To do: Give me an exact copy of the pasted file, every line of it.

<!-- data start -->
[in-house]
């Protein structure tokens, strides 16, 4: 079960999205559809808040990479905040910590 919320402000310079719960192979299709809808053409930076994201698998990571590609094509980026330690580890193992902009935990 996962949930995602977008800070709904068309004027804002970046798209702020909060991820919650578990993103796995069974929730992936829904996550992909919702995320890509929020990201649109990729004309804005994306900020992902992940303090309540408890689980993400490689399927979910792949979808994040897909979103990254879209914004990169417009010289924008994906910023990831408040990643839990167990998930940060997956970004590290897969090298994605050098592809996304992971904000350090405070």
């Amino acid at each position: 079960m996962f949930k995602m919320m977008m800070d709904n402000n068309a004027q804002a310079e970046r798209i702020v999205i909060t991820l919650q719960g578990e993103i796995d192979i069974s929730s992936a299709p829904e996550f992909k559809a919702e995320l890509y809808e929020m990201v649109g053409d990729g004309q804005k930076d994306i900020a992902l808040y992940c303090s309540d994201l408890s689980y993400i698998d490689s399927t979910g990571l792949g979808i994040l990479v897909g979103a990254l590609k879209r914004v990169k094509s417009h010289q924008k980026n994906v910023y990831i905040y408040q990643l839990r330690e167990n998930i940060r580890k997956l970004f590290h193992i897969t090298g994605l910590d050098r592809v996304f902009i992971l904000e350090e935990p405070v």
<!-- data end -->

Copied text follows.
[in-house]
């Protein structure tokens, strides 16, 4: 079960999205559809808040990479905040910590 919320402000310079719960192979299709809808053409930076994201698998990571590609094509980026330690580890193992902009935990 996962949930995602977008800070709904068309004027804002970046798209702020909060991820919650578990993103796995069974929730992936829904996550992909919702995320890509929020990201649109990729004309804005994306900020992902992940303090309540408890689980993400490689399927979910792949979808994040897909979103990254879209914004990169417009010289924008994906910023990831408040990643839990167990998930940060997956970004590290897969090298994605050098592809996304992971904000350090405070």
């Amino acid at each position: 079960m996962f949930k995602m919320m977008m800070d709904n402000n068309a004027q804002a310079e970046r798209i702020v999205i909060t991820l919650q719960g578990e993103i796995d192979i069974s929730s992936a299709p829904e996550f992909k559809a919702e995320l890509y809808e929020m990201v649109g053409d990729g004309q804005k930076d994306i900020a992902l808040y992940c303090s309540d994201l408890s689980y993400i698998d490689s399927t979910g990571l792949g979808i994040l990479v897909g979103a990254l590609k879209r914004v990169k094509s417009h010289q924008k980026n994906v910023y990831i905040y408040q990643l839990r330690e167990n998930i940060r580890k997956l970004f590290h193992i897969t090298g994605l910590d050098r592809v996304f902009i992971l904000e350090e935990p405070v």